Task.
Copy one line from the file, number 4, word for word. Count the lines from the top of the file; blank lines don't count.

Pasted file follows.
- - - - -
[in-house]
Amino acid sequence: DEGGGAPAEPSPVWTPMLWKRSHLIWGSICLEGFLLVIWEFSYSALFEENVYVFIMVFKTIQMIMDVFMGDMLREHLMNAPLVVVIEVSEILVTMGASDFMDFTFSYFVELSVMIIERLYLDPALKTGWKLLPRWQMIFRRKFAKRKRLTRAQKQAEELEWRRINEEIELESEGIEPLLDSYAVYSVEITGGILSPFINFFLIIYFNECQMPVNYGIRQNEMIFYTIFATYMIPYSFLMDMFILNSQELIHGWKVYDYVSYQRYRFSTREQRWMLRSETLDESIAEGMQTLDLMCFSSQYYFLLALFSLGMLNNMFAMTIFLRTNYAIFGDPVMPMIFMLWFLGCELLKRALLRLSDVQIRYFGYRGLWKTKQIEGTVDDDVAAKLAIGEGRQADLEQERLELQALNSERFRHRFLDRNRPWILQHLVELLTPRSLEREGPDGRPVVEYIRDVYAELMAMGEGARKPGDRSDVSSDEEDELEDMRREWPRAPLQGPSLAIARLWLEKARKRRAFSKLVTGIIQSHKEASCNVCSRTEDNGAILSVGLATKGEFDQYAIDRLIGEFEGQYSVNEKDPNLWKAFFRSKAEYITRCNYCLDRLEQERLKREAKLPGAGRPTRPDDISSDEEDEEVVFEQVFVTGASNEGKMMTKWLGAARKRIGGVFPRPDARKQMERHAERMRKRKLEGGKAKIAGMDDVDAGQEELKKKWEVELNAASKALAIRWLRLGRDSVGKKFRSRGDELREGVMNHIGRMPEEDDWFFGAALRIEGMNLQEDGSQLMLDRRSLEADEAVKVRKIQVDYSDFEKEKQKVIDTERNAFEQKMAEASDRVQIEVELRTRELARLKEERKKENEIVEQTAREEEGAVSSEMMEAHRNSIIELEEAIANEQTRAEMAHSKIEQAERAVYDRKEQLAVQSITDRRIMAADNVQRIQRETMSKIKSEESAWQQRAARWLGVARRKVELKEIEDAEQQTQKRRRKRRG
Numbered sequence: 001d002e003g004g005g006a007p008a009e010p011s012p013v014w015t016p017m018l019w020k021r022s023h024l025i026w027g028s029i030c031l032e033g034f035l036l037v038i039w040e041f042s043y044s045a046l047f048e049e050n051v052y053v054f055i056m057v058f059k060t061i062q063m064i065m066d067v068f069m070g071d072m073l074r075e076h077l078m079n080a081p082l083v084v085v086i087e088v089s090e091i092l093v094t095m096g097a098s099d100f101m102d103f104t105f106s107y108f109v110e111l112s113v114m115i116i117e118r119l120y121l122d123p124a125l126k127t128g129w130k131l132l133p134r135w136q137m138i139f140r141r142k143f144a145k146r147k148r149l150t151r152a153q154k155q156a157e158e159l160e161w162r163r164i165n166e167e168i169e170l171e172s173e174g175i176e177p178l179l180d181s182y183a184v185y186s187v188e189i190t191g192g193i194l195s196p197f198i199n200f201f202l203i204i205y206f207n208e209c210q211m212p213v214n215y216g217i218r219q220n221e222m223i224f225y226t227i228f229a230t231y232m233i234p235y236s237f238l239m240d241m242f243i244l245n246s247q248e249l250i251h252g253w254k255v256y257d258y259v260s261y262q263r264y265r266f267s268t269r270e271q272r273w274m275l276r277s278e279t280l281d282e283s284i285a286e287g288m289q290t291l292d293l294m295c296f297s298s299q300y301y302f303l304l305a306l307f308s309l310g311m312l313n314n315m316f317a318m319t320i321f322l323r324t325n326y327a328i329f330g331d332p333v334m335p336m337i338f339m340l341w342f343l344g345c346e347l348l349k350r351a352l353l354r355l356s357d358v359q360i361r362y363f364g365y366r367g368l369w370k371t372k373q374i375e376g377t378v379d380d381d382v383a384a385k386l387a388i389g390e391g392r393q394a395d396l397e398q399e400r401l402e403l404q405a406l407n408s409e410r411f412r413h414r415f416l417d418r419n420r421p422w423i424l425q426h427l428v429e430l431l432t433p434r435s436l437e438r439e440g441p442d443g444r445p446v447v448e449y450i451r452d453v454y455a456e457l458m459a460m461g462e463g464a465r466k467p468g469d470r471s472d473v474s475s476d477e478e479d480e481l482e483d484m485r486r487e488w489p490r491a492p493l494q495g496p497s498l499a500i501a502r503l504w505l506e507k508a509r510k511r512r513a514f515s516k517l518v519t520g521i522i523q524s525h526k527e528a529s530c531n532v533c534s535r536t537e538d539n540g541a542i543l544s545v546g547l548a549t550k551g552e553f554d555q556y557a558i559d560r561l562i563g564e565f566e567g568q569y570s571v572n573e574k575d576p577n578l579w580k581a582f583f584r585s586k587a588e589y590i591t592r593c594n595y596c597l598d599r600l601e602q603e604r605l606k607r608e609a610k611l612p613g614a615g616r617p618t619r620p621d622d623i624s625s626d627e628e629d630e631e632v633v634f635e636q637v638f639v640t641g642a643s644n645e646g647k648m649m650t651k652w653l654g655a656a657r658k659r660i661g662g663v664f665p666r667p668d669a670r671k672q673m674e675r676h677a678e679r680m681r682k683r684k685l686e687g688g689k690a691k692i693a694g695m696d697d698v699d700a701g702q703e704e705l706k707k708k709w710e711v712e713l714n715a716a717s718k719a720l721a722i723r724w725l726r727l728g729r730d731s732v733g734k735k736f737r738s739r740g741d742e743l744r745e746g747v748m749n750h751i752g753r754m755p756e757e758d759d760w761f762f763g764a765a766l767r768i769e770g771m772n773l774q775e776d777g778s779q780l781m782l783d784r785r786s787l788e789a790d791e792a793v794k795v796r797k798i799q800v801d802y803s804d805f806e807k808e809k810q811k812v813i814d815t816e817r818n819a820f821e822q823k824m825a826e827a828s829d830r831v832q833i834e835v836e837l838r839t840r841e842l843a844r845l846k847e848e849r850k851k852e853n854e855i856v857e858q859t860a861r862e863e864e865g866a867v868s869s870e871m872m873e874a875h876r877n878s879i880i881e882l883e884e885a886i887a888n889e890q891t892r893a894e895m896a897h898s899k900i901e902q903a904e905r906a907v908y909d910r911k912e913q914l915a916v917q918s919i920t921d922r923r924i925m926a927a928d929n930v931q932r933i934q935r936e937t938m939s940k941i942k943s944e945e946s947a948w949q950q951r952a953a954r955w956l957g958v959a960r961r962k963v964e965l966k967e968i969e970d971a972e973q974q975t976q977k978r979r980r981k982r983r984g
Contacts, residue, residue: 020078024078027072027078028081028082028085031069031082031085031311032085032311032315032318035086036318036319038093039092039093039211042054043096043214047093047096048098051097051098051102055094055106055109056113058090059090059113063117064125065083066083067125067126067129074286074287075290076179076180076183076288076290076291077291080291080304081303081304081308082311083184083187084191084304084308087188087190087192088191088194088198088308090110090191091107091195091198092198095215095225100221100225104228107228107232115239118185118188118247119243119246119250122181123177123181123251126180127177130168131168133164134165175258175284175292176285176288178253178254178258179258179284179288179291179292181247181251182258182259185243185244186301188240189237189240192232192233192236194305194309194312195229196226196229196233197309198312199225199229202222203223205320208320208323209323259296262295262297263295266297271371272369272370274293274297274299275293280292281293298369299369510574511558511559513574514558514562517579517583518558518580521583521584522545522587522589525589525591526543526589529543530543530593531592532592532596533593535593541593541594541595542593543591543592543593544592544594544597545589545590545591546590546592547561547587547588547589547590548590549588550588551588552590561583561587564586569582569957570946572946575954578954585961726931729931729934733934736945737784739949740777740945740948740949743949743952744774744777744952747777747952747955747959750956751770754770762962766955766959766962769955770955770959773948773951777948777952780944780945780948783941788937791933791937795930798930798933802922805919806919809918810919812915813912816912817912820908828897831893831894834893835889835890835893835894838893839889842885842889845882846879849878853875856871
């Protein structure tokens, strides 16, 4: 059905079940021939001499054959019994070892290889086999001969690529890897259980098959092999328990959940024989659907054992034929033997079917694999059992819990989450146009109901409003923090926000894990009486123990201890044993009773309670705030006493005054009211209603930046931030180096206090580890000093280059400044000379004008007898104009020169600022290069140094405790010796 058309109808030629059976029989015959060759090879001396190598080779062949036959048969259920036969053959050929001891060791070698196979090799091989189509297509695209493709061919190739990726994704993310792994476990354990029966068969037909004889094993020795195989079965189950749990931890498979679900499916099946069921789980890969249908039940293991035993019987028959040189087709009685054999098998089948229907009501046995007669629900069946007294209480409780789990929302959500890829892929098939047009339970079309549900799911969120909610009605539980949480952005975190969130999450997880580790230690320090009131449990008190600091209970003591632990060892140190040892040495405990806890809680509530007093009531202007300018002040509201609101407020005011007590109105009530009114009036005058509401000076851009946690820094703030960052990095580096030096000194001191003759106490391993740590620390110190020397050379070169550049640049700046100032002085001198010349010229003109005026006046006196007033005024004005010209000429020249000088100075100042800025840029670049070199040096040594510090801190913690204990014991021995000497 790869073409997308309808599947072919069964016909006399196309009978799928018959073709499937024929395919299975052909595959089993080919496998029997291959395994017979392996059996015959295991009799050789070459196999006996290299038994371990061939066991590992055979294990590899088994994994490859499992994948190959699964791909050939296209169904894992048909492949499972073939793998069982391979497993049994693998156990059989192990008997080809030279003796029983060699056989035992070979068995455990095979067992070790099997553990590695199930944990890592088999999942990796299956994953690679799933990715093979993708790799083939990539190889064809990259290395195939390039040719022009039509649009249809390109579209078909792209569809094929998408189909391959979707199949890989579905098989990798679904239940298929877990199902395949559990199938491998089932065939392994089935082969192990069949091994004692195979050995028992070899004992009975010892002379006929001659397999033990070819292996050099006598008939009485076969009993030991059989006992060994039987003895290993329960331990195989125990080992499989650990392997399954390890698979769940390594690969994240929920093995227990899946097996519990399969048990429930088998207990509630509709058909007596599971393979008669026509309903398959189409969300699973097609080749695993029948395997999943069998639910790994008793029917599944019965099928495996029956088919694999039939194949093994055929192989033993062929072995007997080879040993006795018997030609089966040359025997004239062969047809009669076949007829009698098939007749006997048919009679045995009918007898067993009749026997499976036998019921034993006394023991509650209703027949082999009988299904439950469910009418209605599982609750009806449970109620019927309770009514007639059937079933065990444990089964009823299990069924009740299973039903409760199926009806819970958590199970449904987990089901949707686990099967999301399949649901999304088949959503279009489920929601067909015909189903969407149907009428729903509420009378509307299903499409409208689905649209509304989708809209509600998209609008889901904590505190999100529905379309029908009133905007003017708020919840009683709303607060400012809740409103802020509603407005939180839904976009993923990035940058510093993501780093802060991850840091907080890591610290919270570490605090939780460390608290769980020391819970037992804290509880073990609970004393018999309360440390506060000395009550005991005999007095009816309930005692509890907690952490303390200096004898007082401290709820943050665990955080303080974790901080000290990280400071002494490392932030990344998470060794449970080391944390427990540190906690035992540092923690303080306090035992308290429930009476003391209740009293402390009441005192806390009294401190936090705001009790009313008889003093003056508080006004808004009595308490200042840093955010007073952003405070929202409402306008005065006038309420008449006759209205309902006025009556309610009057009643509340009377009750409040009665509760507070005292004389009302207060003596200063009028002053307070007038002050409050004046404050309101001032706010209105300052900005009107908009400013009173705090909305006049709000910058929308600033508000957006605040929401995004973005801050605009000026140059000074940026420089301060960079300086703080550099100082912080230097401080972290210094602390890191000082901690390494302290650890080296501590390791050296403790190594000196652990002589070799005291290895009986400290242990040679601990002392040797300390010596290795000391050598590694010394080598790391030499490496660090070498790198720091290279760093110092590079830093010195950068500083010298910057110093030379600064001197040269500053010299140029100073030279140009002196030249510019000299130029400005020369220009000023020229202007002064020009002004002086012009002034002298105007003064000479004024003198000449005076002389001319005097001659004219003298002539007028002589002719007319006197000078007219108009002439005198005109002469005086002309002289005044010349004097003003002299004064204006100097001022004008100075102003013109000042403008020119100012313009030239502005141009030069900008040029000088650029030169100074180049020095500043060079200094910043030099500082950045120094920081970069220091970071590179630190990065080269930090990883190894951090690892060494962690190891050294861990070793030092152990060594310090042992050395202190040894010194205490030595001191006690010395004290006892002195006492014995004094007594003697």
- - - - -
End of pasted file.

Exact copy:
Contacts, residue, residue: 020078024078027072027078028081028082028085031069031082031085031311032085032311032315032318035086036318036319038093039092039093039211042054043096043214047093047096048098051097051098051102055094055106055109056113058090059090059113063117064125065083066083067125067126067129074286074287075290076179076180076183076288076290076291077291080291080304081303081304081308082311083184083187084191084304084308087188087190087192088191088194088198088308090110090191091107091195091198092198095215095225100221100225104228107228107232115239118185118188118247119243119246119250122181123177123181123251126180127177130168131168133164134165175258175284175292176285176288178253178254178258179258179284179288179291179292181247181251182258182259185243185244186301188240189237189240192232192233192236194305194309194312195229196226196229196233197309198312199225199229202222203223205320208320208323209323259296262295262297263295266297271371272369272370274293274297274299275293280292281293298369299369510574511558511559513574514558514562517579517583518558518580521583521584522545522587522589525589525591526543526589529543530543530593531592532592532596533593535593541593541594541595542593543591543592543593544592544594544597545589545590545591546590546592547561547587547588547589547590548590549588550588551588552590561583561587564586569582569957570946572946575954578954585961726931729931729934733934736945737784739949740777740945740948740949743949743952744774744777744952747777747952747955747959750956751770754770762962766955766959766962769955770955770959773948773951777948777952780944780945780948783941788937791933791937795930798930798933802922805919806919809918810919812915813912816912817912820908828897831893831894834893835889835890835893835894838893839889842885842889845882846879849878853875856871